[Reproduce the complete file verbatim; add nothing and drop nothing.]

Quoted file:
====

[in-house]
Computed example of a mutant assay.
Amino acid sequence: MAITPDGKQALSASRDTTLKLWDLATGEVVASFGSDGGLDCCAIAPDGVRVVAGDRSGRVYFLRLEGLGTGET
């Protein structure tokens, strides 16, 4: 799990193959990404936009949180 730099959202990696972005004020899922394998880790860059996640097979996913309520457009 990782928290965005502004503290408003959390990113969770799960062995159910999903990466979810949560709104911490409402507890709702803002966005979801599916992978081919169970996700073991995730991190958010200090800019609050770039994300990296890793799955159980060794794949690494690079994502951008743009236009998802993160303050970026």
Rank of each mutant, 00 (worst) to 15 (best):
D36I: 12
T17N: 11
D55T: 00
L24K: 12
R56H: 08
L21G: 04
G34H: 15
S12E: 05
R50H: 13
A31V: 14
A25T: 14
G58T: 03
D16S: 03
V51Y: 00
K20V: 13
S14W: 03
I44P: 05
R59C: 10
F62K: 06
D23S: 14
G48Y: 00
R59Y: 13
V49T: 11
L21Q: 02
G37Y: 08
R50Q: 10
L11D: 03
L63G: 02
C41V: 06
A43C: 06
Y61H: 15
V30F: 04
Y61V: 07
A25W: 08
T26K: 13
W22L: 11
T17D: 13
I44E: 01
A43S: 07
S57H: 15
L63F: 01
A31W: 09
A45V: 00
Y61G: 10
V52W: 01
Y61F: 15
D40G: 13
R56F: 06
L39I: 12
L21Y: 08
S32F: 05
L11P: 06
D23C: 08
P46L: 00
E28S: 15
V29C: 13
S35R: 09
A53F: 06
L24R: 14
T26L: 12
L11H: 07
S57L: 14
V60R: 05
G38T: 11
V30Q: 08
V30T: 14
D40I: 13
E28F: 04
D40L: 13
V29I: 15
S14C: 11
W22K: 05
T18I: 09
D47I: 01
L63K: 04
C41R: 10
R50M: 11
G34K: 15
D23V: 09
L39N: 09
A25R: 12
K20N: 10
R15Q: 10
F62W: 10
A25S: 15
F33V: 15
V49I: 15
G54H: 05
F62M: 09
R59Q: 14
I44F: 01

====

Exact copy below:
[in-house]
Computed example of a mutant assay.
Amino acid sequence: MAITPDGKQALSASRDTTLKLWDLATGEVVASFGSDGGLDCCAIAPDGVRVVAGDRSGRVYFLRLEGLGTGET
């Protein structure tokens, strides 16, 4: 799990193959990404936009949180 730099959202990696972005004020899922394998880790860059996640097979996913309520457009 990782928290965005502004503290408003959390990113969770799960062995159910999903990466979810949560709104911490409402507890709702803002966005979801599916992978081919169970996700073991995730991190958010200090800019609050770039994300990296890793799955159980060794794949690494690079994502951008743009236009998802993160303050970026």
Rank of each mutant, 00 (worst) to 15 (best):
D36I: 12
T17N: 11
D55T: 00
L24K: 12
R56H: 08
L21G: 04
G34H: 15
S12E: 05
R50H: 13
A31V: 14
A25T: 14
G58T: 03
D16S: 03
V51Y: 00
K20V: 13
S14W: 03
I44P: 05
R59C: 10
F62K: 06
D23S: 14
G48Y: 00
R59Y: 13
V49T: 11
L21Q: 02
G37Y: 08
R50Q: 10
L11D: 03
L63G: 02
C41V: 06
A43C: 06
Y61H: 15
V30F: 04
Y61V: 07
A25W: 08
T26K: 13
W22L: 11
T17D: 13
I44E: 01
A43S: 07
S57H: 15
L63F: 01
A31W: 09
A45V: 00
Y61G: 10
V52W: 01
Y61F: 15
D40G: 13
R56F: 06
L39I: 12
L21Y: 08
S32F: 05
L11P: 06
D23C: 08
P46L: 00
E28S: 15
V29C: 13
S35R: 09
A53F: 06
L24R: 14
T26L: 12
L11H: 07
S57L: 14
V60R: 05
G38T: 11
V30Q: 08
V30T: 14
D40I: 13
E28F: 04
D40L: 13
V29I: 15
S14C: 11
W22K: 05
T18I: 09
D47I: 01
L63K: 04
C41R: 10
R50M: 11
G34K: 15
D23V: 09
L39N: 09
A25R: 12
K20N: 10
R15Q: 10
F62W: 10
A25S: 15
F33V: 15
V49I: 15
G54H: 05
F62M: 09
R59Q: 14
I44F: 01